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Engagement and Outreach

Taking our research out of the lab and inspiring the next generation of bioscientists.

We are passionate about engaging the public with the research that we do.

We are enthusiastic participants in national initiatives including:

Bespoke Projects

We are skilled in creating bespoke projects tailored to communicate our own research. For example, Genetics Matters is annual event designed to showcase our genetics and rare diseases research. It features a mix of talks and fun hands on activities, whilst providing updates on research and potential treatments. We are keen to find innovative ways to engage people with our science. Art is one such powerful medium to communicate scientific ideas. We are proud to have been part of a number of projects combining science and art. Our Centre for Bacterial Cell Biology has an ongoing collaboration, Illuminating Bugs in Glass, with artist Derek Hill. Examples of some of our initiatives are highlighted below.

Illuminating the Self

This is a multifaceted engagement project involving collaboration with artists, theatre companies and game designers to explore the CANDO project. A cross-disciplinary project developing a combined gene therapy and bioelectronic implant to prevent seizures in those with focal epilepsy.

Illuminating the Self explores the use of technologies within the brain as well as what it means to live life with epilepsy. Find out more 

Image credits: Out of the Blue, installation of 106 items of embroidered underwear, Susan Aldworth, 2020. Photograph by Colin Davison at Hatton Gallery.

Rows of white clothing hanging in a gallery displaying quotes about epilepsy

Adaptive Defence

An elusive enemy, always adapting and raising new defences against our weapons. Our weapons systems are failing – what can we do?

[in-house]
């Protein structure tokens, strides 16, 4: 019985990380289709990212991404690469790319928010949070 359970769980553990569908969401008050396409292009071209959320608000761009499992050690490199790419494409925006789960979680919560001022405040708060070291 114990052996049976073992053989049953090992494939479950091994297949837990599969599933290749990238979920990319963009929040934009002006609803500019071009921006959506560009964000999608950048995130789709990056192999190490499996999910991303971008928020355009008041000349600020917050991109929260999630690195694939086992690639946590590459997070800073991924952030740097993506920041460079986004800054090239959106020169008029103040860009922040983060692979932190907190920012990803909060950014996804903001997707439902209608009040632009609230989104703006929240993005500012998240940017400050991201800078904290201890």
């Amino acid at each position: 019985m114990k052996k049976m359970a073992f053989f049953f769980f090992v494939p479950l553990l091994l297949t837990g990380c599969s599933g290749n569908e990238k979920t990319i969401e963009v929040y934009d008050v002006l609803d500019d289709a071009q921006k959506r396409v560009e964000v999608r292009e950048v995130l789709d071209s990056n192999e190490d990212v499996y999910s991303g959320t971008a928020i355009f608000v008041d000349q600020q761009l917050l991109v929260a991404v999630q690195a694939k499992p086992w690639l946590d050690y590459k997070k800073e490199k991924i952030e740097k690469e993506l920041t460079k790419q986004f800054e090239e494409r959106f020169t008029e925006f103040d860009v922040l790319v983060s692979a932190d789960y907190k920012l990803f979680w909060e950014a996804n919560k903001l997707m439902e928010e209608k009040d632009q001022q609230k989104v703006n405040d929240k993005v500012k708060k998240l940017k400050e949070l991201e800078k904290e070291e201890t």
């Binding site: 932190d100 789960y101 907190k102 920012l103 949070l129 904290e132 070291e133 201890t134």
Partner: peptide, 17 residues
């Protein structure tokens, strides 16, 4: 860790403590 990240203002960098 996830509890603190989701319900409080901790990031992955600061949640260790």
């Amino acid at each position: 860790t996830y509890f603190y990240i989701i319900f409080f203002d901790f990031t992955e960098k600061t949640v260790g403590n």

This is a short-film, partly based on the performance created with theatre company Cap-a-pie during their Performing Research sessions. It explores Dr Paula Salgado’s research on C. difficile, a bacteria which can infect the bowel and cause illness. 

The original cast developed and performed the script, in collaboration with the Tyneside Cinema team, who directed and edited the final film. It explores the raising concerns of antimicrobial resistance and C. difficile infections in a creative setting that bring the risks to new life. 

The group of people involved in Adapt Defense

Cell Detectives

With a passion for science, technology and experimentation, the Cell Detectives were formed in 2018. They have a range of fun activities, workshops and games which give people the chance to use cutting-edge scientific equipment.

The Cell Detectives are made up of scientific facility and research staff working at Newcastle University. Their backgrounds range from advanced light and electron microscopy, flow cytometry through to lab automation. Just like super-hero scientists with special powers, The Cell Detectives call upon advanced scientific technologies to help them (and the public) examine and understand the microscopic world. 

The public are transported to our disease crime scene to examine tissues and cells. They have the chance to use our specialist lab equipment and question our professors in their fight against disease!

Two microscopes with the cell detectives emblem in the background